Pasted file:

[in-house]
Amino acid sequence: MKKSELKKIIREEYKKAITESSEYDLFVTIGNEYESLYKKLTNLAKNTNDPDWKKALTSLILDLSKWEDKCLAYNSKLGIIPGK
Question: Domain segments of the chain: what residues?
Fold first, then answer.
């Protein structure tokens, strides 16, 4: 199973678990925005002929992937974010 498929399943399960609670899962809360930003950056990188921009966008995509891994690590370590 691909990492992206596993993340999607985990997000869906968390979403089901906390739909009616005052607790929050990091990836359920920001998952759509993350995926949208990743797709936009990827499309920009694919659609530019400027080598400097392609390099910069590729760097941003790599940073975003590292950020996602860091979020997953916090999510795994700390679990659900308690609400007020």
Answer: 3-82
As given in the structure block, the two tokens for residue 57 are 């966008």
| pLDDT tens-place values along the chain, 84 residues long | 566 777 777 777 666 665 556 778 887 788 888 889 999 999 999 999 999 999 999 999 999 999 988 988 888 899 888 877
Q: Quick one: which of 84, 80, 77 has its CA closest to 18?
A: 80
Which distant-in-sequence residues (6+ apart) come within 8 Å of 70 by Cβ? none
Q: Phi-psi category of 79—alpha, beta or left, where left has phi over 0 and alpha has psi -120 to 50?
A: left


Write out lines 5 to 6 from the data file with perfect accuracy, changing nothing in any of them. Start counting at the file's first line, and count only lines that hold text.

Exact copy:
């Protein structure tokens, strides 16, 4: 199973678990925005002929992937974010 498929399943399960609670899962809360930003950056990188921009966008995509891994690590370590 691909990492992206596993993340999607985990997000869906968390979403089901906390739909009616005052607790929050990091990836359920920001998952759509993350995926949208990743797709936009990827499309920009694919659609530019400027080598400097392609390099910069590729760097941003790599940073975003590292950020996602860091979020997953916090999510795994700390679990659900308690609400007020």
Answer: 3-82